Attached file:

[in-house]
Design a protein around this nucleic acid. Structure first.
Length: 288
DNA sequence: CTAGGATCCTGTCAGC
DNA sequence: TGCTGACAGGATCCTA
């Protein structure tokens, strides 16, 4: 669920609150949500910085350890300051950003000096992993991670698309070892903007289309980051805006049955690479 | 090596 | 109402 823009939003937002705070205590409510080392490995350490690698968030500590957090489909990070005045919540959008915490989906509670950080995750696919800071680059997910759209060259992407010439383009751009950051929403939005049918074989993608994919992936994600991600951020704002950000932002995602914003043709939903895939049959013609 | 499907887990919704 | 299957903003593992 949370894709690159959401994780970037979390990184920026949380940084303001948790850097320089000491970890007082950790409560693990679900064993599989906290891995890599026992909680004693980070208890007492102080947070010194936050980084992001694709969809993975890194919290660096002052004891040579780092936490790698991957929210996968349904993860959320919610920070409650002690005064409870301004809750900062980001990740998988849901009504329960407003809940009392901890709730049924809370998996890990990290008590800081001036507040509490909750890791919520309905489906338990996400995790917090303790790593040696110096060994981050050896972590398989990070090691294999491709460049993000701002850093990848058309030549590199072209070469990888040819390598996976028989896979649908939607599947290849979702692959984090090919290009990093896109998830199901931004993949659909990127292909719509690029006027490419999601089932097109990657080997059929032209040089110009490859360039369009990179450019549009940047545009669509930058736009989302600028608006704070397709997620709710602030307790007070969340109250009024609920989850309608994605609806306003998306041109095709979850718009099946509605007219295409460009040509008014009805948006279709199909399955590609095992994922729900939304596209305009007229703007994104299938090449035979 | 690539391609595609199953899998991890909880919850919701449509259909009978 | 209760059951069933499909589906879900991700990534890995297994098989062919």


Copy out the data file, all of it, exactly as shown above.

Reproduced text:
[in-house]
Design a protein around this nucleic acid. Structure first.
Length: 288
DNA sequence: CTAGGATCCTGTCAGC
DNA sequence: TGCTGACAGGATCCTA
């Protein structure tokens, strides 16, 4: 669920609150949500910085350890300051950003000096992993991670698309070892903007289309980051805006049955690479 | 090596 | 109402 823009939003937002705070205590409510080392490995350490690698968030500590957090489909990070005045919540959008915490989906509670950080995750696919800071680059997910759209060259992407010439383009751009950051929403939005049918074989993608994919992936994600991600951020704002950000932002995602914003043709939903895939049959013609 | 499907887990919704 | 299957903003593992 949370894709690159959401994780970037979390990184920026949380940084303001948790850097320089000491970890007082950790409560693990679900064993599989906290891995890599026992909680004693980070208890007492102080947070010194936050980084992001694709969809993975890194919290660096002052004891040579780092936490790698991957929210996968349904993860959320919610920070409650002690005064409870301004809750900062980001990740998988849901009504329960407003809940009392901890709730049924809370998996890990990290008590800081001036507040509490909750890791919520309905489906338990996400995790917090303790790593040696110096060994981050050896972590398989990070090691294999491709460049993000701002850093990848058309030549590199072209070469990888040819390598996976028989896979649908939607599947290849979702692959984090090919290009990093896109998830199901931004993949659909990127292909719509690029006027490419999601089932097109990657080997059929032209040089110009490859360039369009990179450019549009940047545009669509930058736009989302600028608006704070397709997620709710602030307790007070969340109250009024609920989850309608994605609806306003998306041109095709979850718009099946509605007219295409460009040509008014009805948006279709199909399955590609095992994922729900939304596209305009007229703007994104299938090449035979 | 690539391609595609199953899998991890909880919850919701449509259909009978 | 209760059951069933499909589906879900991700990534890995297994098989062919």